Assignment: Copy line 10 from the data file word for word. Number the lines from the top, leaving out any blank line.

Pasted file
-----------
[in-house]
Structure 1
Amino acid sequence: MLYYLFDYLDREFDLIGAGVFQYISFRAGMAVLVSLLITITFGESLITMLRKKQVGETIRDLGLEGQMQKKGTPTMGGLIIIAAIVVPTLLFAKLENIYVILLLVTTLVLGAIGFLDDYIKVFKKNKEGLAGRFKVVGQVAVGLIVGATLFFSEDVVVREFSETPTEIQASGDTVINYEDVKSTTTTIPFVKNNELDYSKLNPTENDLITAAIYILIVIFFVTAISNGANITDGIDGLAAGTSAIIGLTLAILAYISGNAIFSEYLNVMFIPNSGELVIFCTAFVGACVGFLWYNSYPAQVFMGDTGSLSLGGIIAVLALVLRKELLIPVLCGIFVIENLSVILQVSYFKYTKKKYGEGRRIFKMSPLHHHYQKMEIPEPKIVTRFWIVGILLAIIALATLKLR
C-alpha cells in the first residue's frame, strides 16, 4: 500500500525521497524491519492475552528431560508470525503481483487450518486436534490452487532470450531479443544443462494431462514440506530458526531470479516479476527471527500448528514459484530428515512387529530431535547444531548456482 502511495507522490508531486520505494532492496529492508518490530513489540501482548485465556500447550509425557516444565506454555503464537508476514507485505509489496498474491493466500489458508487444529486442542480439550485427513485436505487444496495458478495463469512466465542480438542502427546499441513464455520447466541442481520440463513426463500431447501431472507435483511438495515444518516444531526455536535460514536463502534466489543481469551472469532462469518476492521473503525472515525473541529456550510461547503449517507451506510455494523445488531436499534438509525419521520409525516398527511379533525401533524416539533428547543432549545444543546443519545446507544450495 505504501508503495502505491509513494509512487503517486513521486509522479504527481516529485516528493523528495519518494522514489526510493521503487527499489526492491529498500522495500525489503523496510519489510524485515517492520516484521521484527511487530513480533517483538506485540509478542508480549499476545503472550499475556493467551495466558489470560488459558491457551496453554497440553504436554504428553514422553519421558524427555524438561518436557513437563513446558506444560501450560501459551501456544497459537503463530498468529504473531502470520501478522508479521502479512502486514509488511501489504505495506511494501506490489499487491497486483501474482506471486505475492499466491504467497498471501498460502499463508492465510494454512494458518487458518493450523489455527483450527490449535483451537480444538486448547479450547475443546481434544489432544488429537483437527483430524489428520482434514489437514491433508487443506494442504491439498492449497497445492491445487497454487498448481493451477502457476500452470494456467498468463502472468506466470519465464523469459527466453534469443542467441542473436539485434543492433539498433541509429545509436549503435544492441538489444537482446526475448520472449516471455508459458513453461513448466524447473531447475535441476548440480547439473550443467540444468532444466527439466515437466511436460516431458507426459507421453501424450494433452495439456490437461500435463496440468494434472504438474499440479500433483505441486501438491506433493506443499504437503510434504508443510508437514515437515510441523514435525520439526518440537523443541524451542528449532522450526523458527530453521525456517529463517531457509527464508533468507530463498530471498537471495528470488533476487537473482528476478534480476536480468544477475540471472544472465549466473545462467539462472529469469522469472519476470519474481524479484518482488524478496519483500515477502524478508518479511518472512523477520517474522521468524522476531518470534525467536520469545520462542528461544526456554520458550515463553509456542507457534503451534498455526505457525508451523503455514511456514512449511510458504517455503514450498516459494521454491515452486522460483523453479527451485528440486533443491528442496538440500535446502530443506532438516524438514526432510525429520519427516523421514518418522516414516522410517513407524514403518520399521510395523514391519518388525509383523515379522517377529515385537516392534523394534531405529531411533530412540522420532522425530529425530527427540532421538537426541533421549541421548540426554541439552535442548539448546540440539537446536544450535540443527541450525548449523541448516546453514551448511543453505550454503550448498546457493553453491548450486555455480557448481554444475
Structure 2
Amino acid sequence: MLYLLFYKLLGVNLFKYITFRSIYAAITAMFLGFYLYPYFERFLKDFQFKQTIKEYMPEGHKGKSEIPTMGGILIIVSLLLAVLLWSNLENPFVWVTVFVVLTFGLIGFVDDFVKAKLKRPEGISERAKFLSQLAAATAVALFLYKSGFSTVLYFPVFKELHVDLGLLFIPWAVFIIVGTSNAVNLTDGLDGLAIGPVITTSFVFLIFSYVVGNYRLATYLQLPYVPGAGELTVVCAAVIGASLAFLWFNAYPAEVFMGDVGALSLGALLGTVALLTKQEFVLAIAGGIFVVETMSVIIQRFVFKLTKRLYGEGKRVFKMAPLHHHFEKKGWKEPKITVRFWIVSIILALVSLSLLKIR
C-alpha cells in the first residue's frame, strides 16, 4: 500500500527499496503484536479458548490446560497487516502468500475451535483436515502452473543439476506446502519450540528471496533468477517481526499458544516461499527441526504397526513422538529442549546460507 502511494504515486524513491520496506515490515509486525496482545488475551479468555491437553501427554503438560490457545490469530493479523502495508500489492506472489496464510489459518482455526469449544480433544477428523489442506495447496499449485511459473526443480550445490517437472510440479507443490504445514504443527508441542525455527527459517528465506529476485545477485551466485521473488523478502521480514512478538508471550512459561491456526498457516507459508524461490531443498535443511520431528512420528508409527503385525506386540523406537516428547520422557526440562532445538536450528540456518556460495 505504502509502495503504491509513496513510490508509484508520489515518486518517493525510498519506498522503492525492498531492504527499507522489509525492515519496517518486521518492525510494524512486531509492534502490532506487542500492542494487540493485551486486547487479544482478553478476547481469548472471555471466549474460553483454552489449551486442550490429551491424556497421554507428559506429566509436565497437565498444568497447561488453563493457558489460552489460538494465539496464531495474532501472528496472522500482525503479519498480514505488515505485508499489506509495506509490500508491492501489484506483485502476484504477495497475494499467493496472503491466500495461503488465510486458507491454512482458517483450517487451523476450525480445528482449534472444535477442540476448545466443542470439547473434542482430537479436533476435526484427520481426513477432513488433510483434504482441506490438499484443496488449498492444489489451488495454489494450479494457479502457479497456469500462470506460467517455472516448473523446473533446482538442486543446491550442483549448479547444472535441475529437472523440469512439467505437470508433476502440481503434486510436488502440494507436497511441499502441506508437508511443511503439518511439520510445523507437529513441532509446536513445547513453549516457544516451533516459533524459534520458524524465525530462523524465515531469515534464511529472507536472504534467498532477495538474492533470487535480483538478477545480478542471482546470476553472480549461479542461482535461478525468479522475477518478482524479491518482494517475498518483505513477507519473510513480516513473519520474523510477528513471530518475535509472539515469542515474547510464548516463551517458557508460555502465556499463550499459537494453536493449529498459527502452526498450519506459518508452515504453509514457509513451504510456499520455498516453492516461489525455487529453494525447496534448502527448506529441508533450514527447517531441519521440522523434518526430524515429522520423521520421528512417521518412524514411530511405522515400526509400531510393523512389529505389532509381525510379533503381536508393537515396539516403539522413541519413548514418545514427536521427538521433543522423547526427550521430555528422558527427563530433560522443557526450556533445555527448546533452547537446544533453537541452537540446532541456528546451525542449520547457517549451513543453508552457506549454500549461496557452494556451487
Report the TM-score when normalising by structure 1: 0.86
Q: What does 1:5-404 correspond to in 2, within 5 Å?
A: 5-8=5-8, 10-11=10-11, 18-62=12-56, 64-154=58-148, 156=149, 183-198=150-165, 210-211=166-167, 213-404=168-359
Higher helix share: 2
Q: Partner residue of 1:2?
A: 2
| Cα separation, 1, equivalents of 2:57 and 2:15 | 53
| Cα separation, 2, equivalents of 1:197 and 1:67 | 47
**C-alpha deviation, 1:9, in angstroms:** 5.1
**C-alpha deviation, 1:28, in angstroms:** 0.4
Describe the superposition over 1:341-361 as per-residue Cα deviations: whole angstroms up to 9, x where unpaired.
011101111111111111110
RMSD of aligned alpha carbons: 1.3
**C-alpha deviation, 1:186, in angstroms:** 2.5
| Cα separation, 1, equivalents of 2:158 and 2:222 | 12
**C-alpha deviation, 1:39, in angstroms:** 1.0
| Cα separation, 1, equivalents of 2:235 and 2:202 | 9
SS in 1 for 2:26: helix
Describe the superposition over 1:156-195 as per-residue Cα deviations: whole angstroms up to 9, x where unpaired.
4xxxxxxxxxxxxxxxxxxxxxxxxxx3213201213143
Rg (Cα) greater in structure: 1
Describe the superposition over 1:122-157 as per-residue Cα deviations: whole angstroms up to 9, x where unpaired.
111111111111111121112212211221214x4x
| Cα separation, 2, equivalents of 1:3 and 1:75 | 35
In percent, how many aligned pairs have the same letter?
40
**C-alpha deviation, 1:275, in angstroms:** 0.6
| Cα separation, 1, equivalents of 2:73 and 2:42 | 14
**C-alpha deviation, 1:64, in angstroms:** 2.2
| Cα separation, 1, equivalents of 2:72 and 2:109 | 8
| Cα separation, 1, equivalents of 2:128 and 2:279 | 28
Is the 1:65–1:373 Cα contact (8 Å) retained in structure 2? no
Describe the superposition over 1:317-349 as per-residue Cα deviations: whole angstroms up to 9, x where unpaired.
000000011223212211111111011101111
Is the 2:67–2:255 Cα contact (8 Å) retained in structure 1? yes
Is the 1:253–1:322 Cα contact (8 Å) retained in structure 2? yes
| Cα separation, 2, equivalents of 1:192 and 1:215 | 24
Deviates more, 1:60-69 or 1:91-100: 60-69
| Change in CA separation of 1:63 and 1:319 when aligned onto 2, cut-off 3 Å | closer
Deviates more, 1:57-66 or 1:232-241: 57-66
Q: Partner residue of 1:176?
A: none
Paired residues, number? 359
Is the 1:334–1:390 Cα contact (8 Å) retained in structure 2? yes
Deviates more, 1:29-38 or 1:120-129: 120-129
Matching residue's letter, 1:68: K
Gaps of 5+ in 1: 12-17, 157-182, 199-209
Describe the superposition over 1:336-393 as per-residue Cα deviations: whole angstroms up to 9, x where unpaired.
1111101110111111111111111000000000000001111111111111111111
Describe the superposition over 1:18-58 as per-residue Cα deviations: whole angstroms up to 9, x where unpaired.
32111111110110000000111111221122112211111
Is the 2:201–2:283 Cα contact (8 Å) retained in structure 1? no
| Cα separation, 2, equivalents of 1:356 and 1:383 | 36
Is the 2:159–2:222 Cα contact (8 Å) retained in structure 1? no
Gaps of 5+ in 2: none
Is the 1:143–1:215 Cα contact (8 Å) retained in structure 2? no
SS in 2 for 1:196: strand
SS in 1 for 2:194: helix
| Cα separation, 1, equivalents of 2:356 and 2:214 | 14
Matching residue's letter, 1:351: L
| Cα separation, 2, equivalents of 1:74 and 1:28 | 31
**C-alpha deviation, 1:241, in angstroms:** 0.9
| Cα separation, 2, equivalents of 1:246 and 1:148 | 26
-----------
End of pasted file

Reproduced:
A: 5-8=5-8, 10-11=10-11, 18-62=12-56, 64-154=58-148, 156=149, 183-198=150-165, 210-211=166-167, 213-404=168-359